RECIPES AND MORE FROM AN URBAN KITCHEN

Thursday, September 23, 2010

Irish Soda Bread


There's something immensely satisfying about baking your own bread. I've always wanted to try it and yesterday morning, feeling inspired (and craving old-fashioned toast and strawberry jam for breakfast), I decided to give it a go.

I used an incredibly easy recipe from Alice Waters' book "In the Green Kitchen" for Irish soda bread and voila! I had a fresh, steaming loaf cooling on my kitchen counter in under an hour. Seriously. It was that easy. Since it was my first time, I kept a wary eye on the oven the entire time it was baking and took it out about five minutes too early thinking the crust was getting a bit too brown for my liking; it turned out fine, but just a little too doughy. I would recommend relaxing with a good book while it's in the oven and letting it be for the entire baking time.

Looks good, doesn't it? Weekend project! Let me know how it turns out. xo

Irish Soda Bread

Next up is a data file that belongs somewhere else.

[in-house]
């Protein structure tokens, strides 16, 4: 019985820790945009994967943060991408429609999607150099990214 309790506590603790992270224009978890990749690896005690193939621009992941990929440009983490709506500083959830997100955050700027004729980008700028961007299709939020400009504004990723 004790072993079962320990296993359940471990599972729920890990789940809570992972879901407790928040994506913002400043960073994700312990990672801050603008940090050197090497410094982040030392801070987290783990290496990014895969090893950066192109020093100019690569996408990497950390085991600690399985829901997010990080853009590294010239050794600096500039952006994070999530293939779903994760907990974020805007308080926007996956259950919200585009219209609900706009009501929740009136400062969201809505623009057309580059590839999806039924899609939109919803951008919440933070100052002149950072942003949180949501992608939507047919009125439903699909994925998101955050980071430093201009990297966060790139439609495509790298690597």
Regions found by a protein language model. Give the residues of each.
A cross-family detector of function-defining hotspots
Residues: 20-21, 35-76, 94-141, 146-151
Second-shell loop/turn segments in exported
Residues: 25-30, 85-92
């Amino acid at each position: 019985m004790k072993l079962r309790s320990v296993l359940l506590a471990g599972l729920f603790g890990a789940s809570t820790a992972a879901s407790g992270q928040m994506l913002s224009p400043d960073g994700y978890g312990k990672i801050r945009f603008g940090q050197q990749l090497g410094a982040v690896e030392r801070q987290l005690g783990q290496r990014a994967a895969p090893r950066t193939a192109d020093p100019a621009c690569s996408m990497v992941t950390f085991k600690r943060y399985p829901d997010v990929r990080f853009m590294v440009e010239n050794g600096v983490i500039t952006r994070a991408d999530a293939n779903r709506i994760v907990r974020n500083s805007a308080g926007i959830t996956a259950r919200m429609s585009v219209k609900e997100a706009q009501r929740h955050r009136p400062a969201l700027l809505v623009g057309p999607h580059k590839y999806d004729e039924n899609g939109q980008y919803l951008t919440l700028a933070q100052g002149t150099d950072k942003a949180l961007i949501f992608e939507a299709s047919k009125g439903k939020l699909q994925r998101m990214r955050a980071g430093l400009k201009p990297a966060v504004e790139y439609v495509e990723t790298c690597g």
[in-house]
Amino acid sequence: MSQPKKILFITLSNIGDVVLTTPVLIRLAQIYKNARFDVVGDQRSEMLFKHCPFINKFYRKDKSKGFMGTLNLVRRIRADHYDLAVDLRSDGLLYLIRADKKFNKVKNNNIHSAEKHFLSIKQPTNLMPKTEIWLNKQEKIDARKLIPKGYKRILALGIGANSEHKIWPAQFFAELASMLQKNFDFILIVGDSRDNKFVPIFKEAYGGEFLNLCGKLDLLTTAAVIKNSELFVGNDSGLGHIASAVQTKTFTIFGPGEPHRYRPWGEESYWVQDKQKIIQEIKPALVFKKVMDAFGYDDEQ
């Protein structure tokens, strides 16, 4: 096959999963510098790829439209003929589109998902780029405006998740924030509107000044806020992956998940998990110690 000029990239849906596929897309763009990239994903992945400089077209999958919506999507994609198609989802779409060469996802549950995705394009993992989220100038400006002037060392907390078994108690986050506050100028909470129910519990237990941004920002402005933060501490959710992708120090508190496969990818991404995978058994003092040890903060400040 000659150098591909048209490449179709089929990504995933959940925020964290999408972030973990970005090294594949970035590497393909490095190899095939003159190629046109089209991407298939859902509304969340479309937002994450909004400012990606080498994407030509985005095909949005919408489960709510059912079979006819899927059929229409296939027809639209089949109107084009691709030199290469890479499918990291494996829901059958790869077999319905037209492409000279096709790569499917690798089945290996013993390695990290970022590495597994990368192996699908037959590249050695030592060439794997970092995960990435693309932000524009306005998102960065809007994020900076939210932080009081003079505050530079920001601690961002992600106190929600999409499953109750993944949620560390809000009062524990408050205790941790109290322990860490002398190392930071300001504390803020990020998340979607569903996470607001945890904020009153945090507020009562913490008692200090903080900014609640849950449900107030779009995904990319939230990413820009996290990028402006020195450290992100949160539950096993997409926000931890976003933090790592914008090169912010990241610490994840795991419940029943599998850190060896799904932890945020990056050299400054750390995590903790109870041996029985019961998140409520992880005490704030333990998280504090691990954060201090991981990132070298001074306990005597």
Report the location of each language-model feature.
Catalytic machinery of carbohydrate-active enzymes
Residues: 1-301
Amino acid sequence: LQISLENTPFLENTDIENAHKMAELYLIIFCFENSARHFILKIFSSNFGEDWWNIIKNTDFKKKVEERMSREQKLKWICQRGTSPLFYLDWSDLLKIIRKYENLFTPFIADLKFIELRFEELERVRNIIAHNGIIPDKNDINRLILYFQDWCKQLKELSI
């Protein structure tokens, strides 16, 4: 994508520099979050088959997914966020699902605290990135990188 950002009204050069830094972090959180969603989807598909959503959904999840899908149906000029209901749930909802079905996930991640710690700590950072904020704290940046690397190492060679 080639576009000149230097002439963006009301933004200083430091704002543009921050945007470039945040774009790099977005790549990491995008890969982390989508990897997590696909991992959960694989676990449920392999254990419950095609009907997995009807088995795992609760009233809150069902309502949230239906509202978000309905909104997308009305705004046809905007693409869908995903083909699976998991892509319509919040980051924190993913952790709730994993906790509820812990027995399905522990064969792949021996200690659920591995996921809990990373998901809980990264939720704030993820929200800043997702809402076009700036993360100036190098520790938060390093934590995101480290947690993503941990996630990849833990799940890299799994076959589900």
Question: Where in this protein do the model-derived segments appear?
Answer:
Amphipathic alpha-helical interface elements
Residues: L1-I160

Adapted from "In the Green Kitchen," by Alice Waters

Ingredients:
4 cups unbleached all-purpose flour
1 teaspoon salt
1 teaspoon baking soda
1 3/4 cup buttermilk

Directions:
Preheat the oven to 450 F. Measure the flour, salt, and baking soda and put them through a sieve into a large bowl. Run your fingers through the flour to lift and aerate it. Make a well in the center and pour in the buttermilk. To mix the buttermilk into the flour, use the fingers of one hand, stiff and outstretched, and stir in a big circle, working from the center out. The dough should be soft, but not sticky; add a bit more buttermilk if needed. In a few turns, you will have a moist shaggy dough.

Rinse your hands, and turn the dough out onto a floured board. Gently roll and pat it into a tidy round shape about 2 inches high. Don't knead the dough; it will make it tough. Put the ball of dough onto a baking sheet. Cut a deep cross in the loaf from side to side and poke a hole in each quarter. Bake for 15 minutes, reduce the heat to 400 F, and continue baking for another 25 to 30 minutes, until crusty and browned. The bread should sound hollow when tapped on the bottom. Let cool on a wire rack.

3 comments:

  1. You should try making pop overs. They're super easy to make and I think goes a lot better with butter and jam. ;)

    Patricia Ann
    www.theshapesofthings.com

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  2. mm mm mmmmmm!
    http://behindthelashes.com

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